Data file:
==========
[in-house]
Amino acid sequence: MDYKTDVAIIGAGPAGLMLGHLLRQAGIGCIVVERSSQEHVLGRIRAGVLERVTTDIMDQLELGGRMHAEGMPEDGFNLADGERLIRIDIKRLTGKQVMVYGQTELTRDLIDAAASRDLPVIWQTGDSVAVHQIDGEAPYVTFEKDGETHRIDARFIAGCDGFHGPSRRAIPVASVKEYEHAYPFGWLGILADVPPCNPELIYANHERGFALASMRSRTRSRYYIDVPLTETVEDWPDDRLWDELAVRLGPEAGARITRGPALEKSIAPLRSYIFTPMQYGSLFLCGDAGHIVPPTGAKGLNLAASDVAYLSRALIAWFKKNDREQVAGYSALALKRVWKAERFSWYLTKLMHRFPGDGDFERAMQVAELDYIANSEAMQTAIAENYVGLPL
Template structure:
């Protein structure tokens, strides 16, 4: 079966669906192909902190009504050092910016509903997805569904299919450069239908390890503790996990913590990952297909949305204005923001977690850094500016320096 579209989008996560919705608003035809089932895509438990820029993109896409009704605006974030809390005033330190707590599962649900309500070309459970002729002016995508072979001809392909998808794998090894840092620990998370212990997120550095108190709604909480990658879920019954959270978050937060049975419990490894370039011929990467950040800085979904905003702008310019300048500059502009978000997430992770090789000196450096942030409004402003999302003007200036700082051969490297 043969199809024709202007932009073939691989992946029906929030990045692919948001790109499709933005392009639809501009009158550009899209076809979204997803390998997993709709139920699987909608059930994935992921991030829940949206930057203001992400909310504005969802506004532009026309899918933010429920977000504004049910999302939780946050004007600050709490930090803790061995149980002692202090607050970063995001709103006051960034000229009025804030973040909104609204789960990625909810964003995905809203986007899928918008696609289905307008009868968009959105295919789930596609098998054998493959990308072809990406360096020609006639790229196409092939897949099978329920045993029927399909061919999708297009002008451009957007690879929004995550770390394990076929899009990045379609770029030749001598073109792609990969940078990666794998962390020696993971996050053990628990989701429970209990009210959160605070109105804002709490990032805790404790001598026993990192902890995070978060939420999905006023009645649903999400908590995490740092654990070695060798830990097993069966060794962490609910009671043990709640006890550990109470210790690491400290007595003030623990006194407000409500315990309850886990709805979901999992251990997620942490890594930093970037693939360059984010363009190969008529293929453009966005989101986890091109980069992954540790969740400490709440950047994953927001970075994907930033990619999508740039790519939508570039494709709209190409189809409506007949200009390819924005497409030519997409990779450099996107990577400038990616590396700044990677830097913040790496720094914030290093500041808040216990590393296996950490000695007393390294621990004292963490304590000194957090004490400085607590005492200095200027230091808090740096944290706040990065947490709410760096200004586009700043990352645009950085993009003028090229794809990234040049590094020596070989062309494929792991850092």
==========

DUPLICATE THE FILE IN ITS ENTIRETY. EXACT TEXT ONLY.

[in-house]
Amino acid sequence: MDYKTDVAIIGAGPAGLMLGHLLRQAGIGCIVVERSSQEHVLGRIRAGVLERVTTDIMDQLELGGRMHAEGMPEDGFNLADGERLIRIDIKRLTGKQVMVYGQTELTRDLIDAAASRDLPVIWQTGDSVAVHQIDGEAPYVTFEKDGETHRIDARFIAGCDGFHGPSRRAIPVASVKEYEHAYPFGWLGILADVPPCNPELIYANHERGFALASMRSRTRSRYYIDVPLTETVEDWPDDRLWDELAVRLGPEAGARITRGPALEKSIAPLRSYIFTPMQYGSLFLCGDAGHIVPPTGAKGLNLAASDVAYLSRALIAWFKKNDREQVAGYSALALKRVWKAERFSWYLTKLMHRFPGDGDFERAMQVAELDYIANSEAMQTAIAENYVGLPL
Template structure:
């Protein structure tokens, strides 16, 4: 079966669906192909902190009504050092910016509903997805569904299919450069239908390890503790996990913590990952297909949305204005923001977690850094500016320096 579209989008996560919705608003035809089932895509438990820029993109896409009704605006974030809390005033330190707590599962649900309500070309459970002729002016995508072979001809392909998808794998090894840092620990998370212990997120550095108190709604909480990658879920019954959270978050937060049975419990490894370039011929990467950040800085979904905003702008310019300048500059502009978000997430992770090789000196450096942030409004402003999302003007200036700082051969490297 043969199809024709202007932009073939691989992946029906929030990045692919948001790109499709933005392009639809501009009158550009899209076809979204997803390998997993709709139920699987909608059930994935992921991030829940949206930057203001992400909310504005969802506004532009026309899918933010429920977000504004049910999302939780946050004007600050709490930090803790061995149980002692202090607050970063995001709103006051960034000229009025804030973040909104609204789960990625909810964003995905809203986007899928918008696609289905307008009868968009959105295919789930596609098998054998493959990308072809990406360096020609006639790229196409092939897949099978329920045993029927399909061919999708297009002008451009957007690879929004995550770390394990076929899009990045379609770029030749001598073109792609990969940078990666794998962390020696993971996050053990628990989701429970209990009210959160605070109105804002709490990032805790404790001598026993990192902890995070978060939420999905006023009645649903999400908590995490740092654990070695060798830990097993069966060794962490609910009671043990709640006890550990109470210790690491400290007595003030623990006194407000409500315990309850886990709805979901999992251990997620942490890594930093970037693939360059984010363009190969008529293929453009966005989101986890091109980069992954540790969740400490709440950047994953927001970075994907930033990619999508740039790519939508570039494709709209190409189809409506007949200009390819924005497409030519997409990779450099996107990577400038990616590396700044990677830097913040790496720094914030290093500041808040216990590393296996950490000695007393390294621990004292963490304590000194957090004490400085607590005492200095200027230091808090740096944290706040990065947490709410760096200004586009700043990352645009950085993009003028090229794809990234040049590094020596070989062309494929792991850092």